Saturday, 22 February 2014

The Intelligent Hand sponsored by The Balvenie

At the beginning of this month we were invited along to our first film premier. Oh it sounds all very show biz for two country bumpkins from Bedfordshire! And when we found out the event was held at the BAFTAs, well I was thinking ‘Should I prepare a speech? It mustn't be like Gwyneth Paltrow.’

No we didn’t go home with a BAFTA. What we did see was a moving documentary celebrating craftsmanship from around the world. The film was produced by James Rogan and was directed by Oliver Cheetham. 

Their journey and inspiration for this film grew from their initial short film that was commissioned by The Balvenie to honour David Stewart, Balvenie Malt Master, marking his half century involvement with William Grants & Sons Ltd, and for the launch of the Balvenie Fifty Year Old whisky in honour of this occasion. You can see this short film here: David Stewart 

I can see why they were inspired, for me it is great to see a big company like Balvenie choosing to employ and use as part of their operations, in-house coopers and copper-smiths, keeping these traditional skills alive. They don’t have to do this but by choosing to do so they are making a statement that says they care more about quality than quantity. For anyone that knows about the The Balvenie, you will know that craftsmanship runs through the core of their brand. From my interactions with various people from The Balvenie over the years, this value does seem to be more than skin deep. Additionally the Balvenie Double Wood is one of my favourite drams because it was the first dram that made me fall in love with it instantly, and still does.
James Rogen then had an idea about capturing stories of other craftspeople from around the world. Backed by The Balvenie he discovered these master craftspeople who are the focus of the film:

Biren Vaidya Jeweller, Mumbai, India

Isabella Wen  Fashion designer, Taipei, Taiwan

Rick Kelly  Luthier, New York, USA

Maxim Sharov  Handbag maker, Moscow, Russia

Paul Bergamo  Bell-founder, Normandy, France

The name of film was taken from French bell founder Paul Bergamo's description of craft. He said: “What’s really powerful and beautiful about craft is that these are professions that require a great theoretical knowledge, because we work with very technical things. But also what I call ‘the intelligence of the hand’ – things and know-how that you cannot write about, things that are handed down from worker to worker, from person to person.”

Not one of Rick Kelly’s but by a London base luthier
What I took from the film is the joy that each craft person gets from gaining as much knowledge as possible about their chosen craft, perfecting their skill until it becomes automatic; almost effortless and the importance of quality. For example, in the film the luthier, Rick Kelly talks about why he uses reclaimed wood from timbers that are over 100 years old, he said it’s because you can’t get the same sound from newer wood that’s been dried in a kiln. The way that these old timbers have been dried out naturally over decades, gives it special qualities, knots and all. With the skills he’s mastered, he incorporates the knots into the design of each guitar, making each piece completely unique. The uniformity of things made my machines doesn't have the same quality.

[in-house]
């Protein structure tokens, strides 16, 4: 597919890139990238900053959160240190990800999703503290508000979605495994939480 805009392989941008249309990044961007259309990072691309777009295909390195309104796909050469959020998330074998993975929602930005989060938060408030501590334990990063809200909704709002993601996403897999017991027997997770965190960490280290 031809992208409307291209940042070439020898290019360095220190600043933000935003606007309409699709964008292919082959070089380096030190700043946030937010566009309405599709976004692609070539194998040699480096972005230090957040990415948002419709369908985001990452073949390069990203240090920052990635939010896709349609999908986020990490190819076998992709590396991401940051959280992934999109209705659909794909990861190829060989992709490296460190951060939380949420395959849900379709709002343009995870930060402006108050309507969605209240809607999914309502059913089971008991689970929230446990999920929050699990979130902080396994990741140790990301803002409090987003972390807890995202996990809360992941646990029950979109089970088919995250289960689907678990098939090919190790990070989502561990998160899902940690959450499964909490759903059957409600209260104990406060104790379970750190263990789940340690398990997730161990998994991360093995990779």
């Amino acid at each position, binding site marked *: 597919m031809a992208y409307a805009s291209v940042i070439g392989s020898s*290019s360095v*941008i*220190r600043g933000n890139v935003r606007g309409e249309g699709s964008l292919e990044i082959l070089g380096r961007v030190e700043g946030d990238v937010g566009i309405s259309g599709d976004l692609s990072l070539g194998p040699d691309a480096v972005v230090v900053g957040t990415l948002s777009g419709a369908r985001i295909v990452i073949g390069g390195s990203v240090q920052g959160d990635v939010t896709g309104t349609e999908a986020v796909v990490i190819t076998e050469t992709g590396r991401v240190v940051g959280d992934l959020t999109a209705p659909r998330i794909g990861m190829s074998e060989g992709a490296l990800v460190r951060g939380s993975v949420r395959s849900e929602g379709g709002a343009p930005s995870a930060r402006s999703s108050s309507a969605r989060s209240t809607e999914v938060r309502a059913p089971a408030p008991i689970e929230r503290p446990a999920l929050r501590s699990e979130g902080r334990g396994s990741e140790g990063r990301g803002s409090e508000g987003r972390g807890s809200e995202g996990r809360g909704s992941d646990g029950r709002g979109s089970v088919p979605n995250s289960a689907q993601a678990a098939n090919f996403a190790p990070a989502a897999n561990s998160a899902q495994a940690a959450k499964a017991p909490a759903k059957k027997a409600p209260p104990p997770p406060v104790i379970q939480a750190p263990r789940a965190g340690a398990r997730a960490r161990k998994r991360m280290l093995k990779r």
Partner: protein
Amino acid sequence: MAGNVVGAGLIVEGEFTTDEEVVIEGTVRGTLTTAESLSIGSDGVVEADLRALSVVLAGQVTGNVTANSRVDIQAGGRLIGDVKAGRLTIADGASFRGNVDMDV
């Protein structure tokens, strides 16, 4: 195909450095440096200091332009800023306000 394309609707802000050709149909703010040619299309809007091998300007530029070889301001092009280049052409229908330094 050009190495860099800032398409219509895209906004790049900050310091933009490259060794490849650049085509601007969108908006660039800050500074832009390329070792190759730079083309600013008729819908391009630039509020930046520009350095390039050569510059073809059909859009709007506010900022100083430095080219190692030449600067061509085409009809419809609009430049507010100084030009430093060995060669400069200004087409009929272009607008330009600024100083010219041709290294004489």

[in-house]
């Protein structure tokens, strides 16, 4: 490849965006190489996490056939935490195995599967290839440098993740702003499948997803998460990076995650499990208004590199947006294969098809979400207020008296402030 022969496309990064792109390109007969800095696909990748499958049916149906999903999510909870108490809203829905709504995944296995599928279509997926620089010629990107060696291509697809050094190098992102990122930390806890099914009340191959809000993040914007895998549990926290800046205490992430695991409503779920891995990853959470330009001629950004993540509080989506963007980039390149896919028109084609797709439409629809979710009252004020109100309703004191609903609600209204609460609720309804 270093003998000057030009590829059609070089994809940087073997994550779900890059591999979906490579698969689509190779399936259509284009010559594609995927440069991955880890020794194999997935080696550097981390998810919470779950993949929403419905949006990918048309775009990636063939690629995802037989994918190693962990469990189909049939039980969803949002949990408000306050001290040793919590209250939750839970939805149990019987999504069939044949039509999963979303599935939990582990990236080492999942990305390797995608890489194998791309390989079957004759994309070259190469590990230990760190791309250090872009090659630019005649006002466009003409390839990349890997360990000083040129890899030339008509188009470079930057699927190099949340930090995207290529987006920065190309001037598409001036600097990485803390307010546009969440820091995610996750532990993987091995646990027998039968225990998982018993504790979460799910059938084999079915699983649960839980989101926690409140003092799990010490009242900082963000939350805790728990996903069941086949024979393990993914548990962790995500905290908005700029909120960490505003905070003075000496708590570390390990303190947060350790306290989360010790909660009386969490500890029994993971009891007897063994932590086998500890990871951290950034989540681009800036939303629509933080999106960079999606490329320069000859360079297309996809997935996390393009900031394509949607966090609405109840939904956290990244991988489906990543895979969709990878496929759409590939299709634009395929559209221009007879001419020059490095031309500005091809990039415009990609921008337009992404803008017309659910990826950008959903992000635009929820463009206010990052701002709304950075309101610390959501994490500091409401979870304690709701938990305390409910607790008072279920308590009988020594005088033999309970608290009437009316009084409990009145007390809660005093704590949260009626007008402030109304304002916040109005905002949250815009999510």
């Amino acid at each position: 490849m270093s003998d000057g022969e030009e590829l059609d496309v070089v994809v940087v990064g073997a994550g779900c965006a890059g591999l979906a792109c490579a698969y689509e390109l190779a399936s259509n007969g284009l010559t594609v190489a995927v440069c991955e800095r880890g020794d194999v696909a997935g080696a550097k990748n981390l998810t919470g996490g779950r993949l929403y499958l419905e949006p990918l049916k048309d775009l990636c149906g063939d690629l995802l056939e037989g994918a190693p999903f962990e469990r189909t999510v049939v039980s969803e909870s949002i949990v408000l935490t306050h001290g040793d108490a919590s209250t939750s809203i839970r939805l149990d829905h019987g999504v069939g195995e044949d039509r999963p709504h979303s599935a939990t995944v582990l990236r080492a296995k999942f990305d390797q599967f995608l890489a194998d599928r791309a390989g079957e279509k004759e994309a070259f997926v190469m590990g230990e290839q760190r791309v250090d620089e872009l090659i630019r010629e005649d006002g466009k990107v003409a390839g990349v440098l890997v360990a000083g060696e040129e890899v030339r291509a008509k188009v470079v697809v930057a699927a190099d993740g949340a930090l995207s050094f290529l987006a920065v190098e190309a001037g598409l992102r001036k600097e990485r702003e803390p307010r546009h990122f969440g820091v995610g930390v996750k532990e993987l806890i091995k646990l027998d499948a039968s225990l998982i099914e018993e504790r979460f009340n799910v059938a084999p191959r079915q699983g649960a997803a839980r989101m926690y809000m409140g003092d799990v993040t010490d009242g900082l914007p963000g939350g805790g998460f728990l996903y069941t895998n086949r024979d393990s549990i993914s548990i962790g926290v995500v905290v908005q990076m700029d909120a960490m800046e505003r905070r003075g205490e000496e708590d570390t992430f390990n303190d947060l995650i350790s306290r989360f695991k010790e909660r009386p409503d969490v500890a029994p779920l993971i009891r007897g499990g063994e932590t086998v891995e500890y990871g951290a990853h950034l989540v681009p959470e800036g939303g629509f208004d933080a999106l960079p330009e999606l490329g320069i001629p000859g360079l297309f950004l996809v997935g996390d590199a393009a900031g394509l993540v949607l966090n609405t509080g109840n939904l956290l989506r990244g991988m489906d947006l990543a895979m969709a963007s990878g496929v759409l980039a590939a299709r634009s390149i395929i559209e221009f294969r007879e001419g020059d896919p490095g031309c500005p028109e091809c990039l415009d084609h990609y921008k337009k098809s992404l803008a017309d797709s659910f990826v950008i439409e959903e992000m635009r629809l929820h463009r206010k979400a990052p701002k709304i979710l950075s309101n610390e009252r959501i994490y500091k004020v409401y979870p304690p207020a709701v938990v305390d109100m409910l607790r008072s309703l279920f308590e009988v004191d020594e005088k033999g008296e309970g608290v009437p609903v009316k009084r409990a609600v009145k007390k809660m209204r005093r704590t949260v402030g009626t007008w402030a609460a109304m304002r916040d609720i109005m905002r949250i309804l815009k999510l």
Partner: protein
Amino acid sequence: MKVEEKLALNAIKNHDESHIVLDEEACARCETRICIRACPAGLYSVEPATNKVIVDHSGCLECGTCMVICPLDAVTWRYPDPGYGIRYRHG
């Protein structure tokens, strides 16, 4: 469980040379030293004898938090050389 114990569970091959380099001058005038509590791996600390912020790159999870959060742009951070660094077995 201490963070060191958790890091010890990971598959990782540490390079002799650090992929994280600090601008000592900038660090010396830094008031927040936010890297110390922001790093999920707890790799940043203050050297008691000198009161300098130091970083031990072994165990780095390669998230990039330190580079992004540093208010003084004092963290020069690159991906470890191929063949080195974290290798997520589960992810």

Another example is the bell foundry still using the same techniques that they did hundreds of years ago because it still offers the highest quality end product, however with a modern twist. He had the clever idea to cast the bells upside down as it was more efficient. Same idea that ship builders had during WWII to build ships upside down.

The two things that I found very moving, was how emotional Rick Kelly got when he talked about a bit of woodland that is very special to him, as he describe how magical this place is to him, tears formed in his eyes, choking him with emotion. Being among the trees, some very old big trees, surrounded by wood in its living form really connected with something deep within him. The second is Paul Bergamo being ecstatic about already reaching the pinnacle of his career by casting the bell at Notre Dame, and the first time that the bell was chimed, some 4,000 people turned up and were there waiting in silence to hear it. I can only imagine how electric the atmosphere would have been as he looked down on the crowd from the bell tower. 
From left: Award winning film maker Roger Graef OBE, Director Oliver Cheetham, Balvenie Brand Ambassador Sam Simmons, Jeweller Biren Vaidya, and Producer James Rogan.
Making good whisky is a craft as not only do you have to know the science, you’ve got to have that knack of knowing when its ready, that’s the magical part that Malt Masters, like David Stewart, learn through years of experience and trusting his intuition. 

A trailer of the film can be found here: The Intelligent Hand , and if you do get a chance to see the documentary in full it is well worth watching. 

On the night there were no new whisky discoveries. We did enjoy tasting the Doublewood 17 year old and the Caribbean Cask again, although checking the blog we haven't actually posted our thoughts on these yet

I would like to say thank you to The Balvenie for inviting us along to this Warehouse 24 event. 

Slàinte! Kat